Talbot County Honors Community Impact Leaders


Talbot County business leaders gathered on Friday, May 3 for the 11th Annual Talbot County Business Appreciation Breakfast, an event that celebrates the strength and resiliency of the area’s businesses.

Hosted by the Talbot County Department of Economic Development and Tourism in partnership with the Talbot County Economic Development Commission, the program included comments by Councilwoman Laura Price and a keynote address by Maryland Secretary of Commerce Kelly M. Schulz.

A total of six Community Impact Awards were presented to businesses, organizations, and individuals who positively impacted the Talbot County community over the past year. Each award recipient received an engraved pewter tray, handcrafted in Easton by Salisbury Pewter. Winners included:

Frederick Douglass 200 Committee: Talbot County found itself in the spotlight in 2018 when the world marked the 200th birthday of the great abolitionist, orator, and writer Frederick Douglass. Harriette Lowry of the Frederick Douglass Honor Society pulled together more than 45 local organizations to form the Frederick Douglass 200 Committee. The group created a year-long series of events designed to honor the life and legacy of Talbot County’s most famous native son.

Events included a wreath laying at Douglass statue at the County Courthouse, a February 14 birthday celebration on the banks of the Tuckahoe, a speaker series at the Talbot County Free Library, performances by reenactors throughout the year, and the annual Frederick Douglass Day celebration. These events laid the groundwork for future efforts to create tourism products to tell the story of Douglass’ youth and to attract visitors looking for Frederick Douglass.

Kelley Phillips Cox: A native of Tilghman Island, Cox is the founder and executive director of Phillips Wharf Environmental Center, a non-profit organization that provides hands-on experiences and education with the animals and plants that inhabit the Chesapeake Bay region. She launched her own aquaculture farm and oyster brand, appropriately named Fisherman’s Daughter. She also operates an aquaculture training program to educate a new generation of watermen.

Kelley is actively involved with numerous regional organizations, including the Maryland Association of Outdoor and Environmental Educators, Mid-Atlantic Marine Educators Association, National Marine Educators Association, National Science Teachers Association, and Maryland Oyster Advisory Commission. She is the recipient of the 2014 Robert Finton Maryland Environmental Educator of the Year Award from Maryland Association for Environmental and Outdoor Education.

Out of the Fire Restaurant: For 19 years. Restaurateur Amy Haines has brought not only fine food, but jobs to Talbot County. High school students get their first work experience at Out of the Fire. Gifted chefs show their talents with food locally sourced food. Haines has created an oasis of excellent, locally sourced food in a congenial atmosphere. Her support of farmers, artists, and community projects is a source of inspiration, as is the excellent work environment she has created for employees. The business motto at Out of the Fire is “Eat well. Be well. Give back.”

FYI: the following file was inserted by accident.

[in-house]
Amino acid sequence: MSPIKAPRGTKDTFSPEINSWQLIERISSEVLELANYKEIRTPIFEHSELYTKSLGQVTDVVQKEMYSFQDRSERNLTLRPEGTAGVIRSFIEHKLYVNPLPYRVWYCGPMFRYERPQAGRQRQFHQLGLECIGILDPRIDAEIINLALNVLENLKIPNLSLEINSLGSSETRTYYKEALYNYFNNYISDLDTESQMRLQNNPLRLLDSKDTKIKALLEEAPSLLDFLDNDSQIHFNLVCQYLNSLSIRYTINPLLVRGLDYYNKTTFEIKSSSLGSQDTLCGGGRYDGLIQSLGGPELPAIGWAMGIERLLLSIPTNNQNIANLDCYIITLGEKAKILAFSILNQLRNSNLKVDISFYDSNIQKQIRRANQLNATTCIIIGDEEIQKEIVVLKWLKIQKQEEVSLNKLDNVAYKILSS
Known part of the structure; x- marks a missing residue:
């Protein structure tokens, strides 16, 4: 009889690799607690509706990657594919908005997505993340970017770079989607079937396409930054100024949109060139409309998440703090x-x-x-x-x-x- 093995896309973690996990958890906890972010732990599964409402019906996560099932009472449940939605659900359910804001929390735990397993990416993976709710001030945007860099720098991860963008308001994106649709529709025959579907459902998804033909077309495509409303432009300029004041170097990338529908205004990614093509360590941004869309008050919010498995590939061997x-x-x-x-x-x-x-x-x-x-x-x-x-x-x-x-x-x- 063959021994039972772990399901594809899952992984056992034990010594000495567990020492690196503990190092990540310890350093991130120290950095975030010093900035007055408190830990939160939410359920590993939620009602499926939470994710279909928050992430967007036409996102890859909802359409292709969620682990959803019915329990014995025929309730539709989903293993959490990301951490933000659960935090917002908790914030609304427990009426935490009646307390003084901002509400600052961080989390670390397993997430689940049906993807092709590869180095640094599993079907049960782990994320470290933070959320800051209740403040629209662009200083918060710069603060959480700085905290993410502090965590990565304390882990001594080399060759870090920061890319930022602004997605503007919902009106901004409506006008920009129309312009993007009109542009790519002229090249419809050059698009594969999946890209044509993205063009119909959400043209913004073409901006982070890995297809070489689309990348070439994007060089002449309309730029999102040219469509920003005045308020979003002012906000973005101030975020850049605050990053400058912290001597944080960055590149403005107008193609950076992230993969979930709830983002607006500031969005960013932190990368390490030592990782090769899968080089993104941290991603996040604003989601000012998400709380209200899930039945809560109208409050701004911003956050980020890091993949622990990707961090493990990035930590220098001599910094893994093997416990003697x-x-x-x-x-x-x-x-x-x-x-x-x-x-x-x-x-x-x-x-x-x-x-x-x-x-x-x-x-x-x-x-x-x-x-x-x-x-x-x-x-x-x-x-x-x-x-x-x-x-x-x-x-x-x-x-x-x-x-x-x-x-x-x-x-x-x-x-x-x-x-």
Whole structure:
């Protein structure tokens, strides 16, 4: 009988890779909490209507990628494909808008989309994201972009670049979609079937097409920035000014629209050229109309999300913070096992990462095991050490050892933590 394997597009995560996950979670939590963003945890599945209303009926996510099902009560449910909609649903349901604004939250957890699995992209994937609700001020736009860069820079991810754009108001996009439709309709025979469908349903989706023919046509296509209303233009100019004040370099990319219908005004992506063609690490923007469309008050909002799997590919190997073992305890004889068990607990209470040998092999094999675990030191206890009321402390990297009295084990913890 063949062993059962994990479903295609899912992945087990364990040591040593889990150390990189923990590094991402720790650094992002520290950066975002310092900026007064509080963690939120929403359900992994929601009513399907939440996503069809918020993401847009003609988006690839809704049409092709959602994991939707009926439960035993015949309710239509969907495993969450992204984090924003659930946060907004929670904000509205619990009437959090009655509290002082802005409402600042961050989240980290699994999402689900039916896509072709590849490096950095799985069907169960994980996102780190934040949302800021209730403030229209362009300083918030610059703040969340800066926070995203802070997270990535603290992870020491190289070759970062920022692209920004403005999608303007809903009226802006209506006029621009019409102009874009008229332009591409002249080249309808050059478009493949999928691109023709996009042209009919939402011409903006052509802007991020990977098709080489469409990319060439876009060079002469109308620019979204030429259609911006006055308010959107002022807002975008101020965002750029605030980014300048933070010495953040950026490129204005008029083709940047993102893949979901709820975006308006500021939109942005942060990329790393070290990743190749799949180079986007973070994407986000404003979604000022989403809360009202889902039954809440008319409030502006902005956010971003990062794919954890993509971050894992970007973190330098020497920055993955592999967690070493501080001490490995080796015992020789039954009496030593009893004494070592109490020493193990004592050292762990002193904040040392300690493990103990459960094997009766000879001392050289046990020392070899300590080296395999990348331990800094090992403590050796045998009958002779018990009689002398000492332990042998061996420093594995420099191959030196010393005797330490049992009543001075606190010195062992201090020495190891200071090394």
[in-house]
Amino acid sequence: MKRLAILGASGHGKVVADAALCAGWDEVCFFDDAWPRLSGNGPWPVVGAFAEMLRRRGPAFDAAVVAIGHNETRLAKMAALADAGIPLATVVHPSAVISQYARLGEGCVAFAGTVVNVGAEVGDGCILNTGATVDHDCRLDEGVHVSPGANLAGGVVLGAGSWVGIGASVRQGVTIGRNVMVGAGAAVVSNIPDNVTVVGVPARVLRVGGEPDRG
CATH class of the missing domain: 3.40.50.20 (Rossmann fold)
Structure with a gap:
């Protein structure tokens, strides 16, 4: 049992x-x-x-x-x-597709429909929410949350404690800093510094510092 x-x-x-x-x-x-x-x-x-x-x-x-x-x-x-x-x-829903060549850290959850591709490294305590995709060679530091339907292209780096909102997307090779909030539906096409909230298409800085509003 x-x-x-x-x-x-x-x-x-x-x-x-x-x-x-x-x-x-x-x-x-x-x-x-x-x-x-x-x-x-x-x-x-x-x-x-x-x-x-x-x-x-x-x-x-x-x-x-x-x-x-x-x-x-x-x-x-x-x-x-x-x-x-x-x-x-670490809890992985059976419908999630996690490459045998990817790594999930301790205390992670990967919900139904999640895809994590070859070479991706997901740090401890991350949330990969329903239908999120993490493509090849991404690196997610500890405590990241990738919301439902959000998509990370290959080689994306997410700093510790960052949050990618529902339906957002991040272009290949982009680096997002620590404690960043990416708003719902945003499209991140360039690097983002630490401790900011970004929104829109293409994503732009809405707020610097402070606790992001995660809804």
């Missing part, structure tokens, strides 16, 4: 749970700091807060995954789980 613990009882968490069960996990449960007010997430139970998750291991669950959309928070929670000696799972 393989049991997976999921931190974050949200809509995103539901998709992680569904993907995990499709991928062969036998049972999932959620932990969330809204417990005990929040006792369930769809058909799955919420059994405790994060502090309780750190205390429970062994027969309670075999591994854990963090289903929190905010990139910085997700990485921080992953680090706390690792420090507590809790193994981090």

RAUCH inc.: This engineering company has provided innovative development concepts and cost-effective design services to its clients for more than 30 years. Local projects include the ongoing renovation of the Historic Avalon Theatre, the current expansion of Easton Premier Cinemas, the renovation of the Tred Avon Shopping Center, and the development of The Easton Club and Chesapeake del Webb. Rauch inc. recently announced that it will begin development of the Lakeside Community in Trappe that will feature a range of housing options.

The company has also partnered with Talbot County Public Schools and Junior Achievement to provide internship and career path programs and has been active in the ACE mentoring program for both engineering and architecture.  RAUCH inc. is currently partnering with Chesapeake College to develop coursework for paths in skilled trades. In 2018, it partnered with the Bryan Foundation to raise $20,000 for their “Building Dreams for Youth” campaign.

Talbot Mentors: Executive Director Gerson Martinez believes that one-on-one mentoring can change lives. The non-profit organization connects young people with adult role models who reinforce the positive values and standards that will help them achieve their full potential. Over the years, hundreds of Talbot County youth have been mentored and more than 100 Talbot County kids are paired with mentors this year.

Wylder Hotel Tilghman Island: Opened in April 2018, this property is the rebirth of an original 1898 boarding house where waterman ran the docks and crabs were piled high on picnic tables. The hotel sits on 9 acres and features 54 newly designed guest rooms, a restaurant, a crab shack, two bars,1,100 feet of waterfront, 25 boat slips on two docks, and a state-of-the-art saltwater heated pool with a pool deck. A New Yorker by birth, owner John Flannigan visited Tilghman often during his college days and fell in love with the island’s rustic beauty and charm.

Photography by Tom McCall

Write a Letter to the Editor on this Article

We encourage readers to offer their point of view on this article by submitting the following form. Editing is sometimes necessary and is done at the discretion of the editorial staff.
We're glad you're enjoying The Talbot Spy.

Sign up for the the free email blast to see what's new in the Spy. It's delivered right to your inbox at 3PM sharp.

Sign up here.